When you think of The Malaya, what might come to mind is the mouthwatering, fragrant dishes, or the welcoming atmosphere. You might think about great experiences you’ve had there with friends, family or other loved ones, or your plans to go if you haven’t already. (Which, incidentally: you should.)
What you probably don’t think about is its history, which is as rich and interesting as the dishes that come out hot from the kitchen. Because when it opened, The Malaya was not only an enormous shock to the still-conservative Australian palette of the 1960s – it also helped to change cuisine in Australia for good.
The Malaya’s founder, Wong Tai See, arrived in Darwin in 1941 as war raged around the world. A Chinese merchant sailor, World War II left Wong stranded in Australia, and after peace reigned again, he was granted Australian citizenship.
After moving to Sydney, he operated a small food cart in Balmain throughout the ‘50s, before opening The Malaya in its first location, 787 George St, in 1963. With his passion for Southeast Asian cuisine, Wong introduced a range of flavours, spices and exotic ingredients to a city that had never before laid eyes – or tastebuds – on anything like it. The original restaurant was simple, with the focus on the food.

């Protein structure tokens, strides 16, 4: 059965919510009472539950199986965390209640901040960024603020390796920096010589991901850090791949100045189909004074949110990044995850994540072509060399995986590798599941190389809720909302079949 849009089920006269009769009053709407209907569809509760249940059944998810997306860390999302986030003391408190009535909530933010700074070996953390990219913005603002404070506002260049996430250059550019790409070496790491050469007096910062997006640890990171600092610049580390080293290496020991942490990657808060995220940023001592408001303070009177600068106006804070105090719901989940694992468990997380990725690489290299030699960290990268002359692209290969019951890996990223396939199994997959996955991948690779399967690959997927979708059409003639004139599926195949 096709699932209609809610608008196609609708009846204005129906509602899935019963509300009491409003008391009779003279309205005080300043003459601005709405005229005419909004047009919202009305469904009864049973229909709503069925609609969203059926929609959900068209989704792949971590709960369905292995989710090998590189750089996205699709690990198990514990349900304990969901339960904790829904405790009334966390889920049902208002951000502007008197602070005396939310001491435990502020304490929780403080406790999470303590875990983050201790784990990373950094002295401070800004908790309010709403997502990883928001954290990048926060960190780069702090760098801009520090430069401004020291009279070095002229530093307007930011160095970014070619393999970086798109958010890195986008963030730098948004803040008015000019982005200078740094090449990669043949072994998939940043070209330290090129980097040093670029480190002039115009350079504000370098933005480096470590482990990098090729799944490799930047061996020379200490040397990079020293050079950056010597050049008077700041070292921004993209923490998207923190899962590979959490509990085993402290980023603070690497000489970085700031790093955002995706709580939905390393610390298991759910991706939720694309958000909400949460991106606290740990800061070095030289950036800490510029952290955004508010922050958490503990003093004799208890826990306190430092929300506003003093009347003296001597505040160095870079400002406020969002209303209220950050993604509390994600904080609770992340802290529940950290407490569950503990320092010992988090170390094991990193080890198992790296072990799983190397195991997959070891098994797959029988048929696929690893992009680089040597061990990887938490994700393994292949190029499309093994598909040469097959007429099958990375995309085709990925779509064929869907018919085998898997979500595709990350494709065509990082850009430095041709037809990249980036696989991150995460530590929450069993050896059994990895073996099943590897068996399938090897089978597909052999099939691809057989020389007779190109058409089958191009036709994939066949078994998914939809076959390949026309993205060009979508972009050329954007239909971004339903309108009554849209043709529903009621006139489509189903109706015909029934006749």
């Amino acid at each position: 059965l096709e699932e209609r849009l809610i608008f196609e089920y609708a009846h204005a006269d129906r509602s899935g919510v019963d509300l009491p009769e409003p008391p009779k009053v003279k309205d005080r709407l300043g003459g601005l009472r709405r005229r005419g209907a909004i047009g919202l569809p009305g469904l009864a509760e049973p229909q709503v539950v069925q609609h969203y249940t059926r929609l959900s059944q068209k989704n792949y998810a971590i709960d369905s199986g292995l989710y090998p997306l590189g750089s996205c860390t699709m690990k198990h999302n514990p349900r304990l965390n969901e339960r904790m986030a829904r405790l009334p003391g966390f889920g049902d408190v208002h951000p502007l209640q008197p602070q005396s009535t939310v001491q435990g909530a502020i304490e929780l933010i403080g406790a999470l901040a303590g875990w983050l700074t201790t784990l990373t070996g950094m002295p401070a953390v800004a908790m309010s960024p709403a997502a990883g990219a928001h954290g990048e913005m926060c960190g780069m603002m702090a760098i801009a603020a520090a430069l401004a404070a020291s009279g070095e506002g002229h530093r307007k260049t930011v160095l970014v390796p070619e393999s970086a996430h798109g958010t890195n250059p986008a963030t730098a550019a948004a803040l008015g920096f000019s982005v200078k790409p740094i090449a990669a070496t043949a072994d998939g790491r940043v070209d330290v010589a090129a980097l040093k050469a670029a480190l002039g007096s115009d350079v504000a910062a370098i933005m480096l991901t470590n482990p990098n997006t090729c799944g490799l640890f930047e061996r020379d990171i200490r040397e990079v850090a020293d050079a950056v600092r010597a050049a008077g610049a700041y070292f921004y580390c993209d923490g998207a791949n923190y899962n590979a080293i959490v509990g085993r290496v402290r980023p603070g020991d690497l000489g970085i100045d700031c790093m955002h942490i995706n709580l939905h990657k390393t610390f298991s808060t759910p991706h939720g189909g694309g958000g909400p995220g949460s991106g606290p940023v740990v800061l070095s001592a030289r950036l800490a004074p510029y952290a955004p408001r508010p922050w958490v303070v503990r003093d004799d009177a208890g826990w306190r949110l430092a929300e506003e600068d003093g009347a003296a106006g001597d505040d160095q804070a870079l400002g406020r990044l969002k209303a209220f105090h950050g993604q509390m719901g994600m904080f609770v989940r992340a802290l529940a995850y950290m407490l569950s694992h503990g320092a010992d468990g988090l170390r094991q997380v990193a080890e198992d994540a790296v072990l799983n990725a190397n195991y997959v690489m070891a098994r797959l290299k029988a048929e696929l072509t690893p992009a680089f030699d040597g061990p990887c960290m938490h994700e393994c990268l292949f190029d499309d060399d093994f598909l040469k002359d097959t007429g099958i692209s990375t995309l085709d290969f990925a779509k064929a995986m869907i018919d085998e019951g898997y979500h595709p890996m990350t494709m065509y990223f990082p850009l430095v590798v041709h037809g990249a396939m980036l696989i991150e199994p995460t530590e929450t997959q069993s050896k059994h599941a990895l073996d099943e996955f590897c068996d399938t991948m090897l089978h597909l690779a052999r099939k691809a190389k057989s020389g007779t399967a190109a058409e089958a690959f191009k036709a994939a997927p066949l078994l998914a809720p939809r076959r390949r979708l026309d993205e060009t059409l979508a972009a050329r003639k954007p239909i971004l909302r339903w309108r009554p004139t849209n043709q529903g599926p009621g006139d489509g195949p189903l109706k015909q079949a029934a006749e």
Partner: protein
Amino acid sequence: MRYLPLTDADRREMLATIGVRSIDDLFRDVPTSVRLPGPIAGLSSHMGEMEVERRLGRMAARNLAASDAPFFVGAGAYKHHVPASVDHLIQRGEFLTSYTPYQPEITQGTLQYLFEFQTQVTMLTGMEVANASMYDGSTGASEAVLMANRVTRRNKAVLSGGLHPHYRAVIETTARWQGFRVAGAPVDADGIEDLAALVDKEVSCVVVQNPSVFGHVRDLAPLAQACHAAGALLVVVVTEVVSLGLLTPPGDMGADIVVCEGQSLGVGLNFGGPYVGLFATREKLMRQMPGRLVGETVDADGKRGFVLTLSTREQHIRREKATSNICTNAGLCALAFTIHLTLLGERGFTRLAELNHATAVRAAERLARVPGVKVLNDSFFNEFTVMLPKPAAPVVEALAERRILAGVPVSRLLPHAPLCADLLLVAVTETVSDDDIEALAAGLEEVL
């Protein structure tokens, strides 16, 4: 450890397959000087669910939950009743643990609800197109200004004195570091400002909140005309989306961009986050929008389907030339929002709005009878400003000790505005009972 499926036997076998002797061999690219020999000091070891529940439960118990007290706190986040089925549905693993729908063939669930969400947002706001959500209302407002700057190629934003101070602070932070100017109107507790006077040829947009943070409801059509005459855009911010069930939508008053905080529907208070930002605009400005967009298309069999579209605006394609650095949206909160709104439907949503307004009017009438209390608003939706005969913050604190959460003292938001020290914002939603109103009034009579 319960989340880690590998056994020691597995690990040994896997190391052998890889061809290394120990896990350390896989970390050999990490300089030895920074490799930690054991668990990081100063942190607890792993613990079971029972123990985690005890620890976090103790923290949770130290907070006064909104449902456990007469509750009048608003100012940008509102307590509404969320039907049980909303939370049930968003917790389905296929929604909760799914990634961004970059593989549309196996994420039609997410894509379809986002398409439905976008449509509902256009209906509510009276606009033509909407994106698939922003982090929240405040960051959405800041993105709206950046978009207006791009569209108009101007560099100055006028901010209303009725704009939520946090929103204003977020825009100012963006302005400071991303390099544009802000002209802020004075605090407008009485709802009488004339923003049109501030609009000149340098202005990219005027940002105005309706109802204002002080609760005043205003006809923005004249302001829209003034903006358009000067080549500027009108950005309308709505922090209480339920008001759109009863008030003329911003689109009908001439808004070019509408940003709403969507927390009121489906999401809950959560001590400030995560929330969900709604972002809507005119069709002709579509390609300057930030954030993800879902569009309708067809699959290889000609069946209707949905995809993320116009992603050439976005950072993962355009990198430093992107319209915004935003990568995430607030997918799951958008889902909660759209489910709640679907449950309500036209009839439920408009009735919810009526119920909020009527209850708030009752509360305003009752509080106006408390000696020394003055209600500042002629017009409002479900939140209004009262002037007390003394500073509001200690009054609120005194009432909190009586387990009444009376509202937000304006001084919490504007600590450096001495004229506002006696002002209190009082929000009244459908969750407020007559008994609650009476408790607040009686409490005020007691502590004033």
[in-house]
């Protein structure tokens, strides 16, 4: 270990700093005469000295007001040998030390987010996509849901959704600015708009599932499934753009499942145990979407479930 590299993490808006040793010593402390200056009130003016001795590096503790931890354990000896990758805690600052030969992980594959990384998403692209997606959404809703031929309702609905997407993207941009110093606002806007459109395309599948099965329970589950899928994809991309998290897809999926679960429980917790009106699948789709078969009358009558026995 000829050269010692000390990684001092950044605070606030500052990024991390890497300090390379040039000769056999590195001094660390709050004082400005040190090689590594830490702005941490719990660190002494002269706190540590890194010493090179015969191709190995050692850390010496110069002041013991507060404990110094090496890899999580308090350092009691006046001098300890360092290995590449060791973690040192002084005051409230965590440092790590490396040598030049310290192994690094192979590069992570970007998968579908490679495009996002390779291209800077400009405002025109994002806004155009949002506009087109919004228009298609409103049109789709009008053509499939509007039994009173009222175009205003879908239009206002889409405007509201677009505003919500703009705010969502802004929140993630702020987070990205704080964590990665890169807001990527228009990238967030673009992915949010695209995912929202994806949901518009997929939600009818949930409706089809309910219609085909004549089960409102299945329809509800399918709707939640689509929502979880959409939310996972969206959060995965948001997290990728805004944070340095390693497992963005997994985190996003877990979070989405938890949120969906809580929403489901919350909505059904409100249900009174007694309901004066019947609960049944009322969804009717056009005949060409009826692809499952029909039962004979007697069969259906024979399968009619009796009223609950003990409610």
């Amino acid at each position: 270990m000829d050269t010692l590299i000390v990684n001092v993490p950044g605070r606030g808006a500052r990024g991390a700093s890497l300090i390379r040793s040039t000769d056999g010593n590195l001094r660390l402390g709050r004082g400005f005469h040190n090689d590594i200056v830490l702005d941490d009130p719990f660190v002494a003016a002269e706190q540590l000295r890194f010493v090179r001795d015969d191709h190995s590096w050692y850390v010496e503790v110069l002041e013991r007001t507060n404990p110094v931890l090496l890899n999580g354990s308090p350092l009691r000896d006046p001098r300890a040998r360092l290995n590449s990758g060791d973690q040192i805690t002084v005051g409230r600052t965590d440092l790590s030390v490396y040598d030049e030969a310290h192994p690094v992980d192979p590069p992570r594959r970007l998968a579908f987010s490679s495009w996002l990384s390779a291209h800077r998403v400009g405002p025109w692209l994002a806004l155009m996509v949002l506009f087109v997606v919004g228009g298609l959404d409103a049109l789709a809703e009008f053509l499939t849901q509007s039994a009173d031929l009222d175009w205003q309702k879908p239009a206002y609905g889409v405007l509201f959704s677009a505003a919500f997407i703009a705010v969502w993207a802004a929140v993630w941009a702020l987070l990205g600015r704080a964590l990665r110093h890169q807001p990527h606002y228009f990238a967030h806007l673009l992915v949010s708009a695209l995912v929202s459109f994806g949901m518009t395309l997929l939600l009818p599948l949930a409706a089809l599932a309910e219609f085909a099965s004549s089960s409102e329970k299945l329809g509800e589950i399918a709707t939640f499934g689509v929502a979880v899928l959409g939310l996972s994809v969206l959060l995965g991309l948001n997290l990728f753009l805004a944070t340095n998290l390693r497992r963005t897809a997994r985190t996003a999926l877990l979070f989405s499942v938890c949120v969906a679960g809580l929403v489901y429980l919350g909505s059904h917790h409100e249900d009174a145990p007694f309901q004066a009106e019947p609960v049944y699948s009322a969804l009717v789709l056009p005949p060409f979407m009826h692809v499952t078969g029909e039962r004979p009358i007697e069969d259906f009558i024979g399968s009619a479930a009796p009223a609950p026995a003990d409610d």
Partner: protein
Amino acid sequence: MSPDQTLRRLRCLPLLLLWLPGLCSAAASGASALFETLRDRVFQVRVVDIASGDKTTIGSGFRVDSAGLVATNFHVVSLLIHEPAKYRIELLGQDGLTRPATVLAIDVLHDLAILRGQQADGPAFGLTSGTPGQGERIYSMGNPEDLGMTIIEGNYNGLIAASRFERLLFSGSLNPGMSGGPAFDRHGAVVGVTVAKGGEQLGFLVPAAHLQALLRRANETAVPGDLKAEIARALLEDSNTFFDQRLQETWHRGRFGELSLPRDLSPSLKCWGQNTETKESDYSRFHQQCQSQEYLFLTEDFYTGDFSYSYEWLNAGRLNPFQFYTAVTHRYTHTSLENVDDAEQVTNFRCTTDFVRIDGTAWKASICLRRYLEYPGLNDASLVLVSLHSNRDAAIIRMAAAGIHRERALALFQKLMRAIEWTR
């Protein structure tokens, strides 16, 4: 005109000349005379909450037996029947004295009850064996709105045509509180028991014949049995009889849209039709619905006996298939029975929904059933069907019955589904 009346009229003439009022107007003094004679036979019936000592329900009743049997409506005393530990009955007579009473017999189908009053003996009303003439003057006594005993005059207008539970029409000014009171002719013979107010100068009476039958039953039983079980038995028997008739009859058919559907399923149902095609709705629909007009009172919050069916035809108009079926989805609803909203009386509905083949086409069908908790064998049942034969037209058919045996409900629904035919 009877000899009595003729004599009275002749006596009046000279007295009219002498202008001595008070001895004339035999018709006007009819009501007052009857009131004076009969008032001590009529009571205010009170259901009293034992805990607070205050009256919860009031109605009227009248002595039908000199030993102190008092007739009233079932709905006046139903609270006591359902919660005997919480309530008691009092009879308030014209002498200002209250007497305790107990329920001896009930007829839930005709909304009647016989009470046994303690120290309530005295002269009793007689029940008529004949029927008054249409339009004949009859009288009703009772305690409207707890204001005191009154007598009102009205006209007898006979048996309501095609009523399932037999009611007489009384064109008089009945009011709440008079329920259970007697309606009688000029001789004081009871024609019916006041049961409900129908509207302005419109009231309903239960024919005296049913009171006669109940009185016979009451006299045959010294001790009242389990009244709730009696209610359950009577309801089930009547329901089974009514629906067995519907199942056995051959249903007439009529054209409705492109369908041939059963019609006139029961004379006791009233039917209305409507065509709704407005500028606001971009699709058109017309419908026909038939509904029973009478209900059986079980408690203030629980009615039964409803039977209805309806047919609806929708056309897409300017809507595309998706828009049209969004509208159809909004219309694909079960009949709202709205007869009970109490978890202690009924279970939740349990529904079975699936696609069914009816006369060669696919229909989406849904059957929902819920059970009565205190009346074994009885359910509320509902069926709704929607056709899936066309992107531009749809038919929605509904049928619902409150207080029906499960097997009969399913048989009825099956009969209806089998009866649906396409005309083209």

And what a focus it was. The Malaya’s early customers was a melting pot of university students, journalists, police officers and musicians – quite different walks of life, all coming together in the one place for this incredible food that was like no other. By 1970 it had to expand into the space next door, doubling in size to accommodate everyone as word spread around not just the city, but Australia-wide.
Today, The Malaya is at home at King Street Wharf, where it has been thrilling diners for 16 years. When Wong Tai See passed away in 1994, he did so with the knowledge that he had made a difference, and helped to foster the beautiful, multicultural society that we live in today.
39 Lime St
King Street Wharf
(02) 9279 1170